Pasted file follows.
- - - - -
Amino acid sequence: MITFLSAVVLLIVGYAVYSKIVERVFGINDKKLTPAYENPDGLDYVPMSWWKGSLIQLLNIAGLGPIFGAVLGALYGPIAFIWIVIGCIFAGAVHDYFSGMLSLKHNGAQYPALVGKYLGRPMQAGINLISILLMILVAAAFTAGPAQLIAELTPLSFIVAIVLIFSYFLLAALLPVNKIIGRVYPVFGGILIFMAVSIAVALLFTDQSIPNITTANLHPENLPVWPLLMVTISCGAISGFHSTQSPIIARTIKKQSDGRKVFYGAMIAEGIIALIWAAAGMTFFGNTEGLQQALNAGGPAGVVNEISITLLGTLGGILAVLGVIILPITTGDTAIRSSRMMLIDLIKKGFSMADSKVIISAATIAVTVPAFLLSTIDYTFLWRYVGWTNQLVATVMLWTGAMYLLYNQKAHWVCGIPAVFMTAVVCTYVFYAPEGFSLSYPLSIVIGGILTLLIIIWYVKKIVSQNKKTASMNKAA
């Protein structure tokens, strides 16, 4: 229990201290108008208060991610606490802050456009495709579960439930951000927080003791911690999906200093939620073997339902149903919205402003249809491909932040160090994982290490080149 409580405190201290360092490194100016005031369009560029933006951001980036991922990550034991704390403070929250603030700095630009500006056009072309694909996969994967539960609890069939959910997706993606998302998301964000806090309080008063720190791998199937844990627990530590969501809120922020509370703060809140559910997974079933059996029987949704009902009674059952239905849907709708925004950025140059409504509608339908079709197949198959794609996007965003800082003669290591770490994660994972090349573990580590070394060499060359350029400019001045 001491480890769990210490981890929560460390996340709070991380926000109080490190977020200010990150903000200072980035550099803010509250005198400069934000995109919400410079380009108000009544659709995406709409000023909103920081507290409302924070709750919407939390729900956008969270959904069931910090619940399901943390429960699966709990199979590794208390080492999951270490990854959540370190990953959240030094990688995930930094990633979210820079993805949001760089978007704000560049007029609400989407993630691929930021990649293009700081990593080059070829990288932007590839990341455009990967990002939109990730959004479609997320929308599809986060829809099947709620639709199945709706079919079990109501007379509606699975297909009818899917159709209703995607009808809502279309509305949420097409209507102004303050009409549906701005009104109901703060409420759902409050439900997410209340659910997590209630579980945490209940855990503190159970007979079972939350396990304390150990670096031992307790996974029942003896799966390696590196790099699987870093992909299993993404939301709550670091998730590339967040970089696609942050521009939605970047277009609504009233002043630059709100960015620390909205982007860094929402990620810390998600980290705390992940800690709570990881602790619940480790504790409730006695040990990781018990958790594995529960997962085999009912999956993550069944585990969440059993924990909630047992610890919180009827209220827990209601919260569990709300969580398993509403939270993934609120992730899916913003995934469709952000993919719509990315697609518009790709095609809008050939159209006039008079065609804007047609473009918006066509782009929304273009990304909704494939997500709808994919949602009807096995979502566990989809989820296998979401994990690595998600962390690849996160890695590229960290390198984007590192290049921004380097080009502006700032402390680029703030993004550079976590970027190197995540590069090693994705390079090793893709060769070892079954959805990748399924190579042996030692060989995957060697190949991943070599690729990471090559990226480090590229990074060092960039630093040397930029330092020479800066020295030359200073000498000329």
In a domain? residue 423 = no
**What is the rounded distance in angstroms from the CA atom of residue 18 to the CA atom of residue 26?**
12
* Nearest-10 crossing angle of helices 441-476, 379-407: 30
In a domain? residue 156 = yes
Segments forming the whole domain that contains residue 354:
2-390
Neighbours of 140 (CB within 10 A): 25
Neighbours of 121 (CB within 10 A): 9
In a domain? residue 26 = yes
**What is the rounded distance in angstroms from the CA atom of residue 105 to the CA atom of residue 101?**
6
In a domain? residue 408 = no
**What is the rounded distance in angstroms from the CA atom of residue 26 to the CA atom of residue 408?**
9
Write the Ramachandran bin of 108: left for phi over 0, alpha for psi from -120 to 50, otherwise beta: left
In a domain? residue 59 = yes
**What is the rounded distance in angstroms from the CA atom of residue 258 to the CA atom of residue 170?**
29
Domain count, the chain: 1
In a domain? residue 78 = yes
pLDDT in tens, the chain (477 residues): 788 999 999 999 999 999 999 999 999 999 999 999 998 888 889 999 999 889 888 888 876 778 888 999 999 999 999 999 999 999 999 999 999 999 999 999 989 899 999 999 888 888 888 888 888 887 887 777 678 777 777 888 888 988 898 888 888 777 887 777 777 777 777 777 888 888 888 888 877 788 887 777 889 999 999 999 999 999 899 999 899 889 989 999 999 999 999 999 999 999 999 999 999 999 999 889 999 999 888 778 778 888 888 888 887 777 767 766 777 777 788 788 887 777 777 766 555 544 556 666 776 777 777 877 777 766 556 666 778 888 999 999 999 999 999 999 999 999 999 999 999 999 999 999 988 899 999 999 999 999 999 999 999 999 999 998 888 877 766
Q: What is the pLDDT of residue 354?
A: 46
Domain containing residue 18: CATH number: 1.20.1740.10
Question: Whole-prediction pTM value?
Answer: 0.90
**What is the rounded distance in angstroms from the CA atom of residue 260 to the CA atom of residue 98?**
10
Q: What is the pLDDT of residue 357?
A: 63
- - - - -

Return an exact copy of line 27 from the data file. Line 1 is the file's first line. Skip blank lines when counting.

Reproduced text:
Domain containing residue 18: CATH number: 1.20.1740.10